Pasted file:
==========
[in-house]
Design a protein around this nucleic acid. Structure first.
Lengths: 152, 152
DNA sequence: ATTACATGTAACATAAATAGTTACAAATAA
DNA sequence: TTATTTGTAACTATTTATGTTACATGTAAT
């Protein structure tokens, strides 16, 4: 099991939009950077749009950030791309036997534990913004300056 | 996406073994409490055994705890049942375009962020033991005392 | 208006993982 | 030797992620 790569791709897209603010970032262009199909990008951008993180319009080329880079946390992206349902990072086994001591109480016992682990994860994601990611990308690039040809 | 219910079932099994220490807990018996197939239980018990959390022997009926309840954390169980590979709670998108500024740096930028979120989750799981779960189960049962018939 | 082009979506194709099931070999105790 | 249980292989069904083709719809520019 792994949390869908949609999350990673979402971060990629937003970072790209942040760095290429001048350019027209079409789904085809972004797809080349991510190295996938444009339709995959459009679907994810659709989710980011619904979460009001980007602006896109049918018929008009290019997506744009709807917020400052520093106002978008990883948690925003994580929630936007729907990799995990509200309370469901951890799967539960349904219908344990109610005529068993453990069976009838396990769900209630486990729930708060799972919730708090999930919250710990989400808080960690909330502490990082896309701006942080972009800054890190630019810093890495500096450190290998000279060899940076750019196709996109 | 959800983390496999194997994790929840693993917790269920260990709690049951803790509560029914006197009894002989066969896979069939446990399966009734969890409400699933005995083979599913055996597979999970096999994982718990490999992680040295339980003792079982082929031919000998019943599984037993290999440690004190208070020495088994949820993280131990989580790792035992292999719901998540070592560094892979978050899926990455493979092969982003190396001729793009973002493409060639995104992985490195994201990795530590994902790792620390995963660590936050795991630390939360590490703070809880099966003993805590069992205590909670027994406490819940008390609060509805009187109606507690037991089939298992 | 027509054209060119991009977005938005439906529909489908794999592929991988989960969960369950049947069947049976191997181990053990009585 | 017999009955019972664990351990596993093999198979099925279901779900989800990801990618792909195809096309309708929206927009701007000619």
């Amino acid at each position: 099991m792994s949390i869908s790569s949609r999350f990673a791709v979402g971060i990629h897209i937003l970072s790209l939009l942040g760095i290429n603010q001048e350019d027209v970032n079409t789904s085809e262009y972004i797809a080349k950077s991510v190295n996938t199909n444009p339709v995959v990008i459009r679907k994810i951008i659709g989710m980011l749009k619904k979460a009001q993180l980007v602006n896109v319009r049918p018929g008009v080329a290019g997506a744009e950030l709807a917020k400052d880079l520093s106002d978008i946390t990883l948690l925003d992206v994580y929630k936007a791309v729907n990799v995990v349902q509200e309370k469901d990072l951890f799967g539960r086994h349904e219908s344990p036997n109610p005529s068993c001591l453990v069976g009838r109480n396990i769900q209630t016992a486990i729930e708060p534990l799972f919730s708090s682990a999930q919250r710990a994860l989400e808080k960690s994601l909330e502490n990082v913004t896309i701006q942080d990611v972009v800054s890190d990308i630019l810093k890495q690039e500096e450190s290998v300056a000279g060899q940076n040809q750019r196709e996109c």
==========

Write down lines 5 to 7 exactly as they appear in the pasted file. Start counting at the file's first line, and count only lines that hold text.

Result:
DNA sequence: TTATTTGTAACTATTTATGTTACATGTAAT
């Protein structure tokens, strides 16, 4: 099991939009950077749009950030791309036997534990913004300056 | 996406073994409490055994705890049942375009962020033991005392 | 208006993982 | 030797992620 790569791709897209603010970032262009199909990008951008993180319009080329880079946390992206349902990072086994001591109480016992682990994860994601990611990308690039040809 | 219910079932099994220490807990018996197939239980018990959390022997009926309840954390169980590979709670998108500024740096930028979120989750799981779960189960049962018939 | 082009979506194709099931070999105790 | 249980292989069904083709719809520019 792994949390869908949609999350990673979402971060990629937003970072790209942040760095290429001048350019027209079409789904085809972004797809080349991510190295996938444009339709995959459009679907994810659709989710980011619904979460009001980007602006896109049918018929008009290019997506744009709807917020400052520093106002978008990883948690925003994580929630936007729907990799995990509200309370469901951890799967539960349904219908344990109610005529068993453990069976009838396990769900209630486990729930708060799972919730708090999930919250710990989400808080960690909330502490990082896309701006942080972009800054890190630019810093890495500096450190290998000279060899940076750019196709996109 | 959800983390496999194997994790929840693993917790269920260990709690049951803790509560029914006197009894002989066969896979069939446990399966009734969890409400699933005995083979599913055996597979999970096999994982718990490999992680040295339980003792079982082929031919000998019943599984037993290999440690004190208070020495088994949820993280131990989580790792035992292999719901998540070592560094892979978050899926990455493979092969982003190396001729793009973002493409060639995104992985490195994201990795530590994902790792620390995963660590936050795991630390939360590490703070809880099966003993805590069992205590909670027994406490819940008390609060509805009187109606507690037991089939298992 | 027509054209060119991009977005938005439906529909489908794999592929991988989960969960369950049947069947049976191997181990053990009585 | 017999009955019972664990351990596993093999198979099925279901779900989800990801990618792909195809096309309708929206927009701007000619």
């Amino acid at each position: 099991m792994s949390i869908s790569s949609r999350f990673a791709v979402g971060i990629h897209i937003l970072s790209l939009l942040g760095i290429n603010q001048e350019d027209v970032n079409t789904s085809e262009y972004i797809a080349k950077s991510v190295n996938t199909n444009p339709v995959v990008i459009r679907k994810i951008i659709g989710m980011l749009k619904k979460a009001q993180l980007v602006n896109v319009r049918p018929g008009v080329a290019g997506a744009e950030l709807a917020k400052d880079l520093s106002d978008i946390t990883l948690l925003d992206v994580y929630k936007a791309v729907n990799v995990v349902q509200e309370k469901d990072l951890f799967g539960r086994h349904e219908s344990p036997n109610p005529s068993c001591l453990v069976g009838r109480n396990i769900q209630t016992a486990i729930e708060p534990l799972f919730s708090s682990a999930q919250r710990a994860l989400e808080k960690s994601l909330e502490n990082v913004t896309i701006q942080d990611v972009v800054s890190d990308i630019l810093k890495q690039e500096e450190s290998v300056a000279g060899q940076n040809q750019r196709e996109c």